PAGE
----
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Observed Changes in Daily Precipitation Intensity in the United States
  • Ryan D. Harp,
  • Daniel E Horton
Ryan D. Harp
Institute for Sustainability and Energy at Northwestern; Northwestern University, Institute for Sustainability and Energy at Northwestern; Northwestern University

Corresponding Author:ryan.harp@northwestern.edu

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Daniel E Horton
Northwestern University, Northwestern University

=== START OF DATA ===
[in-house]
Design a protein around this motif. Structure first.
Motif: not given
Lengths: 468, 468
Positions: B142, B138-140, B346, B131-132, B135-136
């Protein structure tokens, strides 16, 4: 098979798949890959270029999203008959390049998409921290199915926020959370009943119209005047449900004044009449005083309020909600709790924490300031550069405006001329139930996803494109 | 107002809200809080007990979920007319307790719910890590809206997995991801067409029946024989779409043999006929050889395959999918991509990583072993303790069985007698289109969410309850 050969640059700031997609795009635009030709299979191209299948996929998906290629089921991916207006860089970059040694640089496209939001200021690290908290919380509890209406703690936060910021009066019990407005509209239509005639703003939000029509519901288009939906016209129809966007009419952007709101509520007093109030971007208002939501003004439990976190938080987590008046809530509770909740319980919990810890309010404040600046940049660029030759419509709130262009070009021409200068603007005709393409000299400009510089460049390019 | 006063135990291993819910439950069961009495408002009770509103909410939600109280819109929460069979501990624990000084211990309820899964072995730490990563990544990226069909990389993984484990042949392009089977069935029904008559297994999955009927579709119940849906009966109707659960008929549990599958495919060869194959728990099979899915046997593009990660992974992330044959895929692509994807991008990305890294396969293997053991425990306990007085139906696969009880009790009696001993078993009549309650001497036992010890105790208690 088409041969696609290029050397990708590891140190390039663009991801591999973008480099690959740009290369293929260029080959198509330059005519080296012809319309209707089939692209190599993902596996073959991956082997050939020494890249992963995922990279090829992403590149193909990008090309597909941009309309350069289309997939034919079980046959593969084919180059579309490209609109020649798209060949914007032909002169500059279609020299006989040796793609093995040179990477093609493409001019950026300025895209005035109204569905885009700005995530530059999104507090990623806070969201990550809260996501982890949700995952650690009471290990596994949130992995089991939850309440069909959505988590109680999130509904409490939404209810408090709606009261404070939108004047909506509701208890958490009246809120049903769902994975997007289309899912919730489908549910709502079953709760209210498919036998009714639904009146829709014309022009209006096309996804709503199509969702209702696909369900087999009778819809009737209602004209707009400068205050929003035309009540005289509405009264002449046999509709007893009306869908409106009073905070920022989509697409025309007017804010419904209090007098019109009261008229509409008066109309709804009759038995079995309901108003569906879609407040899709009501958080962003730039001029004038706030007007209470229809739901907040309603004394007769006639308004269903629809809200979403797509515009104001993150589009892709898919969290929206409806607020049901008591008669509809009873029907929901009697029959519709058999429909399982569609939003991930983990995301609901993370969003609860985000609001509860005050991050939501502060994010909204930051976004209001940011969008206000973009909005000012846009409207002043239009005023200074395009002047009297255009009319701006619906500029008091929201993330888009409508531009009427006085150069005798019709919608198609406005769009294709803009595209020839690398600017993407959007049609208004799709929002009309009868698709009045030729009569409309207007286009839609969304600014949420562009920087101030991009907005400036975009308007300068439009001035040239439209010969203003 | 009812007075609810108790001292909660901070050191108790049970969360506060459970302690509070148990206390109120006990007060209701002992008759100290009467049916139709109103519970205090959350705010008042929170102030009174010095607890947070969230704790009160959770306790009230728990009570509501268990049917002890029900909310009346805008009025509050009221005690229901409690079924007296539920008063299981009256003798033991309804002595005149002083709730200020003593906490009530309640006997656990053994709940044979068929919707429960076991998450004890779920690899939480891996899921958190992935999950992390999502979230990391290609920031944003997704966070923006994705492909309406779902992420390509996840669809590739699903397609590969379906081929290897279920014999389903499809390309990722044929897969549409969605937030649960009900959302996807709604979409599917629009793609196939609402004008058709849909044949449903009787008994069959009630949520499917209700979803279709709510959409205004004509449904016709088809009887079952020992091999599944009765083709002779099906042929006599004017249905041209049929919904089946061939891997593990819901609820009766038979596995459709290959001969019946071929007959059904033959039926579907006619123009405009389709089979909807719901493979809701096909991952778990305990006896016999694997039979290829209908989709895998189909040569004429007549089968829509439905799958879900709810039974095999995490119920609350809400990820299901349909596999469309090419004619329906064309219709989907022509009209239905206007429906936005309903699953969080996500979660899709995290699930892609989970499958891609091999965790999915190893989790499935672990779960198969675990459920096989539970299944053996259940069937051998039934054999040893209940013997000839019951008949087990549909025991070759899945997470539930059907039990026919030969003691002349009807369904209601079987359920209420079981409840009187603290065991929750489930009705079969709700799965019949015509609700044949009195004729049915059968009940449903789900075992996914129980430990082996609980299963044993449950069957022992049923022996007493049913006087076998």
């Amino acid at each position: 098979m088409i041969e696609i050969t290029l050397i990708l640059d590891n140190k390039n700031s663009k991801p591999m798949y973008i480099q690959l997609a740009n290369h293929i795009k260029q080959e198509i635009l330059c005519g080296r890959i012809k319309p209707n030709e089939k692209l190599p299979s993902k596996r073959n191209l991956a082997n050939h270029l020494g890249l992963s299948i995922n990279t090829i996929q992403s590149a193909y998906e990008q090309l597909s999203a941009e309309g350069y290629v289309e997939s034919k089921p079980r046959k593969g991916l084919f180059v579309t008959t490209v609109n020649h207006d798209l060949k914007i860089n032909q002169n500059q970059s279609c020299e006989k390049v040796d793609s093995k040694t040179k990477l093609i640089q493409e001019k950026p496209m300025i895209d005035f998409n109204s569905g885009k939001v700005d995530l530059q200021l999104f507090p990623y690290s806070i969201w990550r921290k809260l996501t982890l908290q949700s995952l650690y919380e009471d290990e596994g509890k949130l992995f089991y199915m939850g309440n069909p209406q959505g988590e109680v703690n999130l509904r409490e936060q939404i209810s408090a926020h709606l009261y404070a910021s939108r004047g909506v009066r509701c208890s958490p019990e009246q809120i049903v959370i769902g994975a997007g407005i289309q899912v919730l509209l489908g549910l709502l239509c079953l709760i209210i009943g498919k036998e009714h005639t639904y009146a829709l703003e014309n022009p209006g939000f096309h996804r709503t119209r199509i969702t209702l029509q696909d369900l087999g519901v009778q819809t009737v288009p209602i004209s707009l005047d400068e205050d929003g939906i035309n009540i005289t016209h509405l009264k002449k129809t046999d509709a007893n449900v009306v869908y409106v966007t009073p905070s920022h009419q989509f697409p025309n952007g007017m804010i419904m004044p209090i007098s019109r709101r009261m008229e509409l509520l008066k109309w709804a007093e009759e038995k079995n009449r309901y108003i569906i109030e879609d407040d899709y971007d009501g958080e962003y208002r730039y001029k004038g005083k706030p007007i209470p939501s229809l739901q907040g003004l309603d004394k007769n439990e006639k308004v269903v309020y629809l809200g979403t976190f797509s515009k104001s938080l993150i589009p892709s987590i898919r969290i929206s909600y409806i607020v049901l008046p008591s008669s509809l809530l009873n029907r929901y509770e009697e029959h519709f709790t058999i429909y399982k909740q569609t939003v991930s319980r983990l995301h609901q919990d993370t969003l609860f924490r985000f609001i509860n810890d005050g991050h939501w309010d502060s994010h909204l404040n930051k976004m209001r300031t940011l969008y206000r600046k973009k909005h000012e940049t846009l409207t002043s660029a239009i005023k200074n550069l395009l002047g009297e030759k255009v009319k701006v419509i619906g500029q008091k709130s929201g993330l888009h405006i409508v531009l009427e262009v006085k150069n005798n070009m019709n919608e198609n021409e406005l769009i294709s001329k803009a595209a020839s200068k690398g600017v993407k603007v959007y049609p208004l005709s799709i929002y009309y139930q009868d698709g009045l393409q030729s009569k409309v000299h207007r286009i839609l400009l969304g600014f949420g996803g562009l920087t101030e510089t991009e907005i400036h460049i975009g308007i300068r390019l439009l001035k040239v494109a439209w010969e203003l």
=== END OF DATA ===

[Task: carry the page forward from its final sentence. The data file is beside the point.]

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Relative to changes in annual mean and extreme precipitation, the characterization of changes in the full distribution of precipitation intensities remains overlooked and under-explored, despite their critical importance to natural hazard, agriculture, and infrastructure risk assessments. Here, we aggregate daily Global Historical Climatology Network precipitation observations within seventeen internally consistent NEON domains in the United States for two time periods (1951-1980 and 1991-2020). We find statistically significant changes in wet day precipitation distributions in fourteen of the domains–changes primarily driven by a shift from lower to higher wet day intensities. Patterns of robust change are geographically consistent, with increases in the mean (4.6-7.1%) and standard deviation (20-31%) of wet day intensity in the eastern U.S., but mixed signals in the western U.S. Beyond their critical importance to the aforementioned societal impact realms, these observational results can also inform climate model performance evaluations.